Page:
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Atmosphere still too soupy to anyone else?


ZooNamedGames
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I have spent time since .25 refining my Saturn Shuttle (and still continue to) but one of my biggest problems is that I lose so much speed during the final moments of the landing that I can almost stall moments before touching down with less than 20m/s remaining. Which I find not only problematic (as it's stall speed is far above that so stall to that extent is catastrophic or possibly even fatal). In reality the Space Shuttle landed at 214 miles per hour (344.4 kmh) or ~95.6m/s (on the low end). Whereas I end up landing at highway speeds of 44 miles per hour (71.9kmh).

Understanding this takes place on a unrealistically small world with vastly simplified physics but I still have to wonder-

Am I the only one who thinks the atmosphere is still too thick?

Or are there players out there who find the game perfectly suitable, making me into a raving madman? Or do others agree?

Ps- I am aware there are mods to solve my problem however I am a vanilla kinda guy and more importantly feel that it's a lingering stock problem that should be resolved... again.

Discuss

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1 minute ago, G'th said:

Should just get FAR. Stock ultimately still has a be a game first, simulation second. Soupy atmosphere works better for the game.

My subquote answers this but it's not that good. Efficiency of rockets are compromised as is any hope of realism understanding it can't be FAR due to the challenge it poses but it can be less soupy and keep it's simplicity.

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1 minute ago, G'th said:

Wait, are you saying FAR makes rockets inefficient?? Because frankly I find my rockets to be extremely overpowered in FAR and I have to balance my own game to make it not dumb. 

Reverse of that statement. FAR makes rockets more effective and able to be more fuel efficient (like real rockets) during the initial ascent as there atmosphere resists less. Stock makes rockets inefficient. More power is needed to do smaller tasks in the lower atmosphere in stock than in reality.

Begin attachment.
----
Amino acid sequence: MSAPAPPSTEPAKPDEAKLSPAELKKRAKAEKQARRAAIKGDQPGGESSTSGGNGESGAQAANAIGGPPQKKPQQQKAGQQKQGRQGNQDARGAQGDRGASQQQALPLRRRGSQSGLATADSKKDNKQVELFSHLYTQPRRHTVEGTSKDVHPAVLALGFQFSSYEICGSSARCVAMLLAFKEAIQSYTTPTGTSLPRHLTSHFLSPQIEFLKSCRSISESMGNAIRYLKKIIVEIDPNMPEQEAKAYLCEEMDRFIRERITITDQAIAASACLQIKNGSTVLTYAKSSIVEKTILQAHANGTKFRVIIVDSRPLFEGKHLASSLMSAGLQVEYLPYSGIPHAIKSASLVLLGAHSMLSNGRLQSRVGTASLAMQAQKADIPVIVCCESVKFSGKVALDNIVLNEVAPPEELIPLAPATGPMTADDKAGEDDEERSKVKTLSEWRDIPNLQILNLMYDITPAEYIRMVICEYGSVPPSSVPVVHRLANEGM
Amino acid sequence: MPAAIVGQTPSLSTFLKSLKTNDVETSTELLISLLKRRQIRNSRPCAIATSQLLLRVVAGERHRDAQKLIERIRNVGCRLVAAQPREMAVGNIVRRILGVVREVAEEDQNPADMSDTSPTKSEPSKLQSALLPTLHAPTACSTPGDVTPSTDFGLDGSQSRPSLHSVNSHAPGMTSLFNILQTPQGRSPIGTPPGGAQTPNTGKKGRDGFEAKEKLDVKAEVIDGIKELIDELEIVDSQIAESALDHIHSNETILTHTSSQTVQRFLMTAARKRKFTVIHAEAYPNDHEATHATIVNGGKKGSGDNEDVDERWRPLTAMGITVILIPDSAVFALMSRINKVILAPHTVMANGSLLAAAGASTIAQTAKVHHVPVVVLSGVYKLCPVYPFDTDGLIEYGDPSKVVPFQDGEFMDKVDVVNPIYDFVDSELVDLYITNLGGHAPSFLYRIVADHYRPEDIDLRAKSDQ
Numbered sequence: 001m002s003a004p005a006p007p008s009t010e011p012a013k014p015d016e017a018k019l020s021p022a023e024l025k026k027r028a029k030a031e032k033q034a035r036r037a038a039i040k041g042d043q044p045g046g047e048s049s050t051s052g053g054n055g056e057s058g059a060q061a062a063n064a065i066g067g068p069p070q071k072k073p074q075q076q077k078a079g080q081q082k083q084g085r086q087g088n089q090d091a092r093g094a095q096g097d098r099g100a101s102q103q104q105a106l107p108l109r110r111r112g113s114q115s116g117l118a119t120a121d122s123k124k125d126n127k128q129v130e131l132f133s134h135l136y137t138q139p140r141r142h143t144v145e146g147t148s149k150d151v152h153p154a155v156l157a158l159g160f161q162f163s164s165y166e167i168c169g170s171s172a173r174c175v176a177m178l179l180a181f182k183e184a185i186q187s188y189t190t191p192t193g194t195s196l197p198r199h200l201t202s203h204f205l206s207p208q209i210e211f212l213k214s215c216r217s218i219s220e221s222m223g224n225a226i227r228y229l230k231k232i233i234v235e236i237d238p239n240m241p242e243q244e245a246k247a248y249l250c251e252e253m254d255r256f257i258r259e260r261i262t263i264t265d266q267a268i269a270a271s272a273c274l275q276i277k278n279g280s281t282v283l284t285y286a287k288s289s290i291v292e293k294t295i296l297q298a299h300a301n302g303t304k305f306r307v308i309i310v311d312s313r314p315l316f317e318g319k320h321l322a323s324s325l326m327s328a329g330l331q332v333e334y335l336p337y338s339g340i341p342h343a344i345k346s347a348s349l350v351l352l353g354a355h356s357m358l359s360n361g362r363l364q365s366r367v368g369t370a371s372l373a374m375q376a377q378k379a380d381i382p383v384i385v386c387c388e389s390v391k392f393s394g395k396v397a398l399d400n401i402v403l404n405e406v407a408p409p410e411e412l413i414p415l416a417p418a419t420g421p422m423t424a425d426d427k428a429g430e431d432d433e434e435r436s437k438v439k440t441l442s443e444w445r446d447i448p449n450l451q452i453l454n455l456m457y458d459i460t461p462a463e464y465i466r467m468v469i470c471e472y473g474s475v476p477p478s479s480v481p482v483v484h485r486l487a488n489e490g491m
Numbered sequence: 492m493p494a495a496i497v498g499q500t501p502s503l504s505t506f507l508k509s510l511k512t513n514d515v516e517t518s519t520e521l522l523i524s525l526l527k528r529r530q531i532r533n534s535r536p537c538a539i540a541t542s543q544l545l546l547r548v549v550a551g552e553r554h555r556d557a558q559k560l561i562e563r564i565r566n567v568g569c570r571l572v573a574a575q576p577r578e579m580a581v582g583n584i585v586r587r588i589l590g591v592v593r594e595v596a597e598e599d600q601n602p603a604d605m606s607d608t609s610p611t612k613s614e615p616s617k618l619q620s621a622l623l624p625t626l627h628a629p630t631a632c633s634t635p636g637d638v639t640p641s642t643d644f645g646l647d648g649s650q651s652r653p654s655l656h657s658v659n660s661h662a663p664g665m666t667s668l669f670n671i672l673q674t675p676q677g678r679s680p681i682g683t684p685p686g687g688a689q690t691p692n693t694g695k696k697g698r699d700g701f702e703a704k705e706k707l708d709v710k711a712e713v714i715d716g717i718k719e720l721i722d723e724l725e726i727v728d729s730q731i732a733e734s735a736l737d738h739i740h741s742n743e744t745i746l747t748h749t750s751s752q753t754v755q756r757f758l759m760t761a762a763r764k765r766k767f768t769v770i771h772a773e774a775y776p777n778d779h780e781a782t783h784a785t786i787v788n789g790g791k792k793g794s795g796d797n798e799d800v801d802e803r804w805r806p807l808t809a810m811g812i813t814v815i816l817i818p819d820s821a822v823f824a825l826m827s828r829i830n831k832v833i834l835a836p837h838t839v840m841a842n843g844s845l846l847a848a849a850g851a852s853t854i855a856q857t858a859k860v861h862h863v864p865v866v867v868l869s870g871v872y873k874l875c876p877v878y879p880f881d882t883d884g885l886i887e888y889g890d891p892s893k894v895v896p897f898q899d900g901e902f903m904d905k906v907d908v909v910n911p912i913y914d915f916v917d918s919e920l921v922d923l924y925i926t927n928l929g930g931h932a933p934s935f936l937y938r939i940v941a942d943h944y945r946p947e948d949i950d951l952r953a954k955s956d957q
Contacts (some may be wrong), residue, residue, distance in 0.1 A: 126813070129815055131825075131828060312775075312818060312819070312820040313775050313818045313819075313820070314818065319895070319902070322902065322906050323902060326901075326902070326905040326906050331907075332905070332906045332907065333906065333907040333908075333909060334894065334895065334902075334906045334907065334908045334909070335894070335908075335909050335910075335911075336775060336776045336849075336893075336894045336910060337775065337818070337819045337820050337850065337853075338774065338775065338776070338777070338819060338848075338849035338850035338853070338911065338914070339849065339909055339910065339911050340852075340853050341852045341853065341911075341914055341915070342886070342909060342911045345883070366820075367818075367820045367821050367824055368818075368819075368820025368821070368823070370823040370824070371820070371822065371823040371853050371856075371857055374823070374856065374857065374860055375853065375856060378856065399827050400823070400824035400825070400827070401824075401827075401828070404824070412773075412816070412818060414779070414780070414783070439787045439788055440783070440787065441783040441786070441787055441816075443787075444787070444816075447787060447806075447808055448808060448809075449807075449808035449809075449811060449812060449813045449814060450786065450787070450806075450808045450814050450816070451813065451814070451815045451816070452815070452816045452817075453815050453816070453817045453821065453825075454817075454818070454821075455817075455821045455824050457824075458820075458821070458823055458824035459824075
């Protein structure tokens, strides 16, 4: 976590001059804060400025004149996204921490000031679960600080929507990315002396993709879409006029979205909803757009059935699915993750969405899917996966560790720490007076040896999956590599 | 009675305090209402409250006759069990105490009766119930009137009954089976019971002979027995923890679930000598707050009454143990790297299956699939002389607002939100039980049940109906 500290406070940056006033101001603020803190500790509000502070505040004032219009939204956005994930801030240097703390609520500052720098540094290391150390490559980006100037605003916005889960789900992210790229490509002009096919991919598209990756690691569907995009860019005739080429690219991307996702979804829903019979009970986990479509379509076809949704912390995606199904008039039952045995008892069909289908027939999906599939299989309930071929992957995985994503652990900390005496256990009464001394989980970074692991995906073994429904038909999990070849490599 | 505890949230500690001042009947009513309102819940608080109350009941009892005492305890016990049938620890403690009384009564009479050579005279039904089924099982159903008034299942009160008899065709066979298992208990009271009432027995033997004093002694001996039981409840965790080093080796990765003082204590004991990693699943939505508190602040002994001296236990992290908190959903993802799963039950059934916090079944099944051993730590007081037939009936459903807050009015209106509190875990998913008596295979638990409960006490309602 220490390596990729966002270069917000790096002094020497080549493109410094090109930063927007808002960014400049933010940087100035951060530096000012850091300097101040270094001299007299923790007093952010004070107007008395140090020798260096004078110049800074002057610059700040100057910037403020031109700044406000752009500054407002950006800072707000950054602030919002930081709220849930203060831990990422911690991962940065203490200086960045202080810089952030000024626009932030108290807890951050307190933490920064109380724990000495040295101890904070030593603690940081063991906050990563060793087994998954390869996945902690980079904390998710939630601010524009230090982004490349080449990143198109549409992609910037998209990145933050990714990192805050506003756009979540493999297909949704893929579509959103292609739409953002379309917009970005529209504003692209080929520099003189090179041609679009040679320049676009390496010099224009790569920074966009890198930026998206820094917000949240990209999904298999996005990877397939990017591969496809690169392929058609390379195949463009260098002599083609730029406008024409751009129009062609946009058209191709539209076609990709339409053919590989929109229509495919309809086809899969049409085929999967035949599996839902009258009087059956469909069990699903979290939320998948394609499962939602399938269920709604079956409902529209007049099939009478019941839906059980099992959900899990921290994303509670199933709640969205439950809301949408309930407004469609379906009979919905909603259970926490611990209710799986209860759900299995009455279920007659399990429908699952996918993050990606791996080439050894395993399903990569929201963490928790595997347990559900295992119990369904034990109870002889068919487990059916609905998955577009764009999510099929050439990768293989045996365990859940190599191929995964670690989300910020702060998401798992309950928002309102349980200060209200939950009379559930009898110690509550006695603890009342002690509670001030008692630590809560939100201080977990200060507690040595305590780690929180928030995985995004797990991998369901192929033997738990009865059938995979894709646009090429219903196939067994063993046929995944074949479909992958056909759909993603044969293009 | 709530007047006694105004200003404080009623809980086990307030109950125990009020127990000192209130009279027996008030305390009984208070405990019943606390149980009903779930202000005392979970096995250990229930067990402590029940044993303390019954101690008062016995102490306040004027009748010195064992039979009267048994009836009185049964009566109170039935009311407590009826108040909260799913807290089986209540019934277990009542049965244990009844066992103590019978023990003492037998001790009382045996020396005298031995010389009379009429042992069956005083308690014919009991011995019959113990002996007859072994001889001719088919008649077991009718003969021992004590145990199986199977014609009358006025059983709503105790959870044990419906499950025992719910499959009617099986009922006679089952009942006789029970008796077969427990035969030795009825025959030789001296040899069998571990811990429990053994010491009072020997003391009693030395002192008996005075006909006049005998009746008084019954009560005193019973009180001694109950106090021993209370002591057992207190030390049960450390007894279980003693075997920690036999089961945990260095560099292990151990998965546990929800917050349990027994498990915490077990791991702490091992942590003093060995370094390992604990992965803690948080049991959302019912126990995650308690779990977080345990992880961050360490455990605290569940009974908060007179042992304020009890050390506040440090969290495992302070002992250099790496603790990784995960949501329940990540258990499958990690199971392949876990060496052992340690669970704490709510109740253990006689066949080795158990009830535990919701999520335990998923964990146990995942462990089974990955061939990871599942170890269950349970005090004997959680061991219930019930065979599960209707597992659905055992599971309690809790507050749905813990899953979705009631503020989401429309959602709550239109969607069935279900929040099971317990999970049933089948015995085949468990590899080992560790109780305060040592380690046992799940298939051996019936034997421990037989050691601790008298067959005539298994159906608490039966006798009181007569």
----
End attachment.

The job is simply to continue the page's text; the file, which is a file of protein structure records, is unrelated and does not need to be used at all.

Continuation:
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Right, hence why you should just get FAR. Doing something like a Shuttle you can only go so far before you have to improve the testing conditions in order to see better results. The issue you're describing is something ultimately FAR is going to resolve. The stock game really can't get much better than it is without not only a potential full re-balance of every relevant part but also some potentially game-changing redesigns.  

 

Besides that, under FAR you have to take more into consideration when building your plane, be it of the space variety or otherwise, so if you're one to continually tweak and optimize, having these other considerations can add to the fun of it. 

 

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2 minutes ago, G'th said:

Right, hence why you should just get FAR. Doing something like a Shuttle you can only go so far before you have to improve the testing conditions in order to see better results. The issue you're describing is something ultimately FAR is going to resolve. The stock game really can't get much better than it is without not only a potential full re-balance of every relevant part but also some potentially game-changing redesigns.  

 

Besides that, under FAR you have to take more into consideration when building your plane, be it of the space variety or otherwise, so if you're one to continually tweak and optimize, having these other considerations can add to the fun of it. 

 

I can but as a person who likes to share my builds without a "mods used" label attached. So I'm stuck to stock.

Plus FAR makes it overly complex. I just want to glide in faster. I don't need to adjust the other 500 variables that FAR introduces.